Chuck Badal is a photographer for the Architect of the Capitol (AOC). Below he reflects on how some of his favorite images of the U.S. Capitol were captured.

We first mounted a digital camera atop the Library of Congress Thomas Jefferson Building in 2004. It was the perfect location to document the construction of the Capitol Visitor Center. Since the building was being constructed underground we needed to shoot from above to have a good view of the construction site, and this perspective provided a nice compliment to additional cameras we had mounted atop the U.S. Capitol on the House and Senate wings and the Capitol Dome.

It wouldn't have been realistic for me, and my fellow photographers at the AOC, to continually climb atop the Library of Congress to document all phases of the project (particularly in winter!), so the camera was mounted in a weatherproof box and set to automatically take a photo every hour. What we got was more than just a construction record; the images captured were breathtaking, showcasing a unique perspective of this national icon in all manners of daylight and in all types of weather.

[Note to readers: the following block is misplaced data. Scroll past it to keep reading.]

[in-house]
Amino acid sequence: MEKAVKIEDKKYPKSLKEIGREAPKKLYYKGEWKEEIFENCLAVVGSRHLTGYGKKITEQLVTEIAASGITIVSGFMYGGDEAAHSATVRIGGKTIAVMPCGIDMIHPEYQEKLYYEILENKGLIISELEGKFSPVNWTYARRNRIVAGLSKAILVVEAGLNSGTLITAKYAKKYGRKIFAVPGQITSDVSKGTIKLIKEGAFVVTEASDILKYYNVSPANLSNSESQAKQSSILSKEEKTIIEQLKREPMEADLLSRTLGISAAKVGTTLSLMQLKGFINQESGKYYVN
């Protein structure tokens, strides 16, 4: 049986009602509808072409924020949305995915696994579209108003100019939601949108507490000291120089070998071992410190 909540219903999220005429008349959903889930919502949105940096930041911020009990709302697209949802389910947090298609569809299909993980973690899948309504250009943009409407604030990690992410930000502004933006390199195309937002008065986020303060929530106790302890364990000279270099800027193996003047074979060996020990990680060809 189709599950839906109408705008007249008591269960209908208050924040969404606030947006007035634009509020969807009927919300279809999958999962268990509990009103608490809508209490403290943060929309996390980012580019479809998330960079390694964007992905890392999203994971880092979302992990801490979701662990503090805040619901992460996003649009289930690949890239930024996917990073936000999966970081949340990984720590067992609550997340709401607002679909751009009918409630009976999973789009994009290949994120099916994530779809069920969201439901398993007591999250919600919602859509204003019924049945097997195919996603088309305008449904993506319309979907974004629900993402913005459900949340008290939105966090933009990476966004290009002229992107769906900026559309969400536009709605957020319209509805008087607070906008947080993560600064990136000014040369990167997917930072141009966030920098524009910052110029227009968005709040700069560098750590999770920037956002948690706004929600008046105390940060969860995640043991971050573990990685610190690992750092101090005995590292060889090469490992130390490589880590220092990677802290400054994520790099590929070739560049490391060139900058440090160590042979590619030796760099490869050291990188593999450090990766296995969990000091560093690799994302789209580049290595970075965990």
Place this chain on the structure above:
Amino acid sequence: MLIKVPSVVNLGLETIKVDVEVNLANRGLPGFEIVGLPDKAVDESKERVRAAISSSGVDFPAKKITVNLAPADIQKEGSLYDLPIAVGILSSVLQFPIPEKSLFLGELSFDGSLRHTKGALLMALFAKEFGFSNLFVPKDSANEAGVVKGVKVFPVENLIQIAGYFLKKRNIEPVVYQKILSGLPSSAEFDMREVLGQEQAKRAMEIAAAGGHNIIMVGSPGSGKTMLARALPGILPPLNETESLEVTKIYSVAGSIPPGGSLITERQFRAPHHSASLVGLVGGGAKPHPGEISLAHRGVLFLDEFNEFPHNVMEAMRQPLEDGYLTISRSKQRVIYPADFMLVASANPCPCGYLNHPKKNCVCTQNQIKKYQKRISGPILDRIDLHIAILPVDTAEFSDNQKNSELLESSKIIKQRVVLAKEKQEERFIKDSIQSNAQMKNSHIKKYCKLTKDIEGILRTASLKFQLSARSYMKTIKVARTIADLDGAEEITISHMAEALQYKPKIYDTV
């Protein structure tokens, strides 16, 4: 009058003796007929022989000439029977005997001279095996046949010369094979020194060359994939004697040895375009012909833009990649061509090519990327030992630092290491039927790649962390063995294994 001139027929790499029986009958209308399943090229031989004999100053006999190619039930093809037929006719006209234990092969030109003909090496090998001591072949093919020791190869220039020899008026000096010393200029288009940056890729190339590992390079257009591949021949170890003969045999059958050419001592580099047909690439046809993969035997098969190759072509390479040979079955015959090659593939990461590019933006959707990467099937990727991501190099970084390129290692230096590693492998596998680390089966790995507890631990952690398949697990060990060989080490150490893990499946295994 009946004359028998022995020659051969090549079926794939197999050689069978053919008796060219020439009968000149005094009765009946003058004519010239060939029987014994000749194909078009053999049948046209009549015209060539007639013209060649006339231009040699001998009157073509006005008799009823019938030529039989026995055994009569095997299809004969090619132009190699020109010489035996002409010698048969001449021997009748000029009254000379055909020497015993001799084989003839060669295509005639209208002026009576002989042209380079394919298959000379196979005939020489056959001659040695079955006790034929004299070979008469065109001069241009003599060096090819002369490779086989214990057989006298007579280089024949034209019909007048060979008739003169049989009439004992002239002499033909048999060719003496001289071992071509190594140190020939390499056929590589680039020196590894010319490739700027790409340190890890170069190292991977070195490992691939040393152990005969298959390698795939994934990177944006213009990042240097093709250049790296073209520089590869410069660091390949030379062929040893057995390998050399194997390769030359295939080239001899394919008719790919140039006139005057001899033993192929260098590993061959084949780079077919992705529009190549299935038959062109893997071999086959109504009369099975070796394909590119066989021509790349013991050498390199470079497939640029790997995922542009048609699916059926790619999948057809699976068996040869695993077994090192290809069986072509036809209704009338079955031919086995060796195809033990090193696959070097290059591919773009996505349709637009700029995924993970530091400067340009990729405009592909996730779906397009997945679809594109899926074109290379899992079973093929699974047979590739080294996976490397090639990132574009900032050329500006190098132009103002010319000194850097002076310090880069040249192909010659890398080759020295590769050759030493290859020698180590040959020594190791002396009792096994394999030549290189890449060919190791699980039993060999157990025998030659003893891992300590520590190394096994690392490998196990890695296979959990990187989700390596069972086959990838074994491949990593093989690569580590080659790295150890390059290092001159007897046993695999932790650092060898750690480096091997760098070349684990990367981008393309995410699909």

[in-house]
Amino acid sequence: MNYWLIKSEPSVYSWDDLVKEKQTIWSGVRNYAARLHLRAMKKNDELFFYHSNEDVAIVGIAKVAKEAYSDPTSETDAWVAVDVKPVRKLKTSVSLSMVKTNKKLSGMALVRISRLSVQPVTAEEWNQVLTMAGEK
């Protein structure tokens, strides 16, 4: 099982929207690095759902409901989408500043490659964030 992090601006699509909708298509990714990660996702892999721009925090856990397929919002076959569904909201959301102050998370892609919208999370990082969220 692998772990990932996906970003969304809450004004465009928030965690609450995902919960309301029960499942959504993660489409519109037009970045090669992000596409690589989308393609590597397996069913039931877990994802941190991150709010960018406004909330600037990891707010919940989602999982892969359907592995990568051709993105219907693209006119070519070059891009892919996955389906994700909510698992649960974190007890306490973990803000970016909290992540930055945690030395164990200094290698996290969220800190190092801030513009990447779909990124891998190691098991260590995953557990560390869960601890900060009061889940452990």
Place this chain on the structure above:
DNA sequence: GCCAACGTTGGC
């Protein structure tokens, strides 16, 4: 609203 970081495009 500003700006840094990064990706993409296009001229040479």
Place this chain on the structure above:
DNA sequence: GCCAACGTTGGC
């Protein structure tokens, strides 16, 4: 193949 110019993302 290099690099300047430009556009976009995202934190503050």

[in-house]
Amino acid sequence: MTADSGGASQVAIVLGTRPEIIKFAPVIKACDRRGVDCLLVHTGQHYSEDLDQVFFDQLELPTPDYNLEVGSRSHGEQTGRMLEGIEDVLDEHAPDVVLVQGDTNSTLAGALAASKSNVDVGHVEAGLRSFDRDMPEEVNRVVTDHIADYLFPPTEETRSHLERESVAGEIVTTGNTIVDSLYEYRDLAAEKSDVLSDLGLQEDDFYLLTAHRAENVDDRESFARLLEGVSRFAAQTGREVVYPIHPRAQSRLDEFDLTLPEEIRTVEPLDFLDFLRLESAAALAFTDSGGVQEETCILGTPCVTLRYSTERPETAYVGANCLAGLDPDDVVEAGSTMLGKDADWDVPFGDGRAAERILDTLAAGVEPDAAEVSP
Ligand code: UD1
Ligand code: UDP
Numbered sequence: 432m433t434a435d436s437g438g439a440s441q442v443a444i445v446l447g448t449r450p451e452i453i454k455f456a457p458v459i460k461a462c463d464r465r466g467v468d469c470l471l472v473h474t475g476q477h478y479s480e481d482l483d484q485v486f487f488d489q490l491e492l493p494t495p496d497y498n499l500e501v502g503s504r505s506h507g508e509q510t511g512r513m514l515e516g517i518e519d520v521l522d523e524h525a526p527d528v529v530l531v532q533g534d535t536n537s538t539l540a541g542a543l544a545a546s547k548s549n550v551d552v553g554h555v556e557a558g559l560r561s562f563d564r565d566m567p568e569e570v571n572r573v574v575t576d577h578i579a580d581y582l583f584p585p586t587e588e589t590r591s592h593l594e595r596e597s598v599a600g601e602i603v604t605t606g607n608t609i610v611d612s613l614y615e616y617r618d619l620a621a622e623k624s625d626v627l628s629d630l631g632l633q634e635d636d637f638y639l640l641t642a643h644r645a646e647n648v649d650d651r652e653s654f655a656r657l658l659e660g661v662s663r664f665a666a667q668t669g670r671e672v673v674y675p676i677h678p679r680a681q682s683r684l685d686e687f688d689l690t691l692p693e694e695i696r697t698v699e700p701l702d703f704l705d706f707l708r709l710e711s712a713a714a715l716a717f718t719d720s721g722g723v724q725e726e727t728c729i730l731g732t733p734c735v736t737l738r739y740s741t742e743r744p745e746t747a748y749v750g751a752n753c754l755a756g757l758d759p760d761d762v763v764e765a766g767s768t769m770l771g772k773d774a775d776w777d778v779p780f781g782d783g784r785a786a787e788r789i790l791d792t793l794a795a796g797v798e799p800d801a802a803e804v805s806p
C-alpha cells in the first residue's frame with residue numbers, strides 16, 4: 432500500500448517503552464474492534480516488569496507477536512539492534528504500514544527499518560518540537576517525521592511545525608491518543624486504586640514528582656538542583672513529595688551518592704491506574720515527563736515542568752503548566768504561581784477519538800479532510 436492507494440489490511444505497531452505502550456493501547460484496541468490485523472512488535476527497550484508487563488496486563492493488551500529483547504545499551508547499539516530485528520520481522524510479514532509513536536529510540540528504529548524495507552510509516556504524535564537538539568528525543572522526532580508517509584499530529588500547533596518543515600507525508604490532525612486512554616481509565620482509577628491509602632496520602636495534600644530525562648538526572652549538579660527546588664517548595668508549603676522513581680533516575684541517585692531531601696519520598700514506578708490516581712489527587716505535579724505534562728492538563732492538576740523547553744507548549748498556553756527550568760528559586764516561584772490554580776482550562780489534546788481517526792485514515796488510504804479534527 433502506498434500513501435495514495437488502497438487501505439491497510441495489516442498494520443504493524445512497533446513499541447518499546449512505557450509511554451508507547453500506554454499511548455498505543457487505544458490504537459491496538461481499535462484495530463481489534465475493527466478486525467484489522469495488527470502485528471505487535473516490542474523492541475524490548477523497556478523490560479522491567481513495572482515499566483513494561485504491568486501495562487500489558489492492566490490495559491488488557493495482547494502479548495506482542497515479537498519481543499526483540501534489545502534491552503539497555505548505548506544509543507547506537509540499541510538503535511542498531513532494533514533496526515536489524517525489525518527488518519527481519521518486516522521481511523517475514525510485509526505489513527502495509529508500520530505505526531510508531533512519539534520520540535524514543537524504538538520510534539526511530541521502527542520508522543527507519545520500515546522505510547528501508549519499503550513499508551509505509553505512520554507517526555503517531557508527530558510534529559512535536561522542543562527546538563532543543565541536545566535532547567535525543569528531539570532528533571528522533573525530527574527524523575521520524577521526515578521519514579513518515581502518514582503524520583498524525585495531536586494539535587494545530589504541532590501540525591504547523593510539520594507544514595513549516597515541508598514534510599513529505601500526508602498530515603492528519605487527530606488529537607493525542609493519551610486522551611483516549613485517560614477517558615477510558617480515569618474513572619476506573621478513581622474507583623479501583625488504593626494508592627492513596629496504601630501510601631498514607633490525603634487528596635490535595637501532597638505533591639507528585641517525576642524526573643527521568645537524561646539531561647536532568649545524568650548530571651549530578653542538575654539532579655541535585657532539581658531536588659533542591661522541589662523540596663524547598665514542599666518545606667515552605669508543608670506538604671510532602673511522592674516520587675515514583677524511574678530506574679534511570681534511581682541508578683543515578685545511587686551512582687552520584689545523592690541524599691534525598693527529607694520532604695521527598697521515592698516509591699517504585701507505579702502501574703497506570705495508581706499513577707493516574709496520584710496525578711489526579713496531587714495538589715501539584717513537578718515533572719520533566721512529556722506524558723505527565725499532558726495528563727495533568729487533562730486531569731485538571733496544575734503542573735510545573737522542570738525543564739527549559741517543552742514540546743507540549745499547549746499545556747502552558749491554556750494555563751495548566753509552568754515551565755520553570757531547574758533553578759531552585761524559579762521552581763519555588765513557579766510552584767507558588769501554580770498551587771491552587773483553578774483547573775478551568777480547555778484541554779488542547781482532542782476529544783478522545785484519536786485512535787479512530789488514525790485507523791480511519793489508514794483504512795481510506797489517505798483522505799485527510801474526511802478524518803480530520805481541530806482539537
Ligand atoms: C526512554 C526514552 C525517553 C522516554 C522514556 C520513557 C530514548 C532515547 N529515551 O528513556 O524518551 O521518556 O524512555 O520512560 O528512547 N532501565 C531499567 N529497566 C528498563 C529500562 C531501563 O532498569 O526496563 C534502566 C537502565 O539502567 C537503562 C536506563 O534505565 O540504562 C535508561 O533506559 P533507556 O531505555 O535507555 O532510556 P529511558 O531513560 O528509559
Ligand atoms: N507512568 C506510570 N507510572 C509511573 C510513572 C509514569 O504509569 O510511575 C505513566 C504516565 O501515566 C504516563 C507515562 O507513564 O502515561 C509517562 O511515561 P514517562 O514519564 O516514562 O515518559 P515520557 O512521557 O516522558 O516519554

When the Visitor Center opened in 2008 we made the decision to keep this camera running, and the photos we have gotten as a result are some of my favorites of the Capitol, capturing the Capitol throughout the seasons during snow storms, sunsets and ominous cloud cover. Here are some of my favorites!

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View of the East Front of the U.S. Capitol during winter 2012.

Winter at the U.S. Capitol — condensation formed on the lens of the camera.

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View of the East Front of the U.S. Capitol during a sunset in spring 2012.

Spring Sunset at the Capitol.

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View of the East Front of the U.S. Capitol during summer 2012.

Early Summer at the Capitol.

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View of the East Front of the U.S. Capitol during fall 2012.

Late Fall at the Capitol.

View more on the Architect of the Capitol Flickr account.

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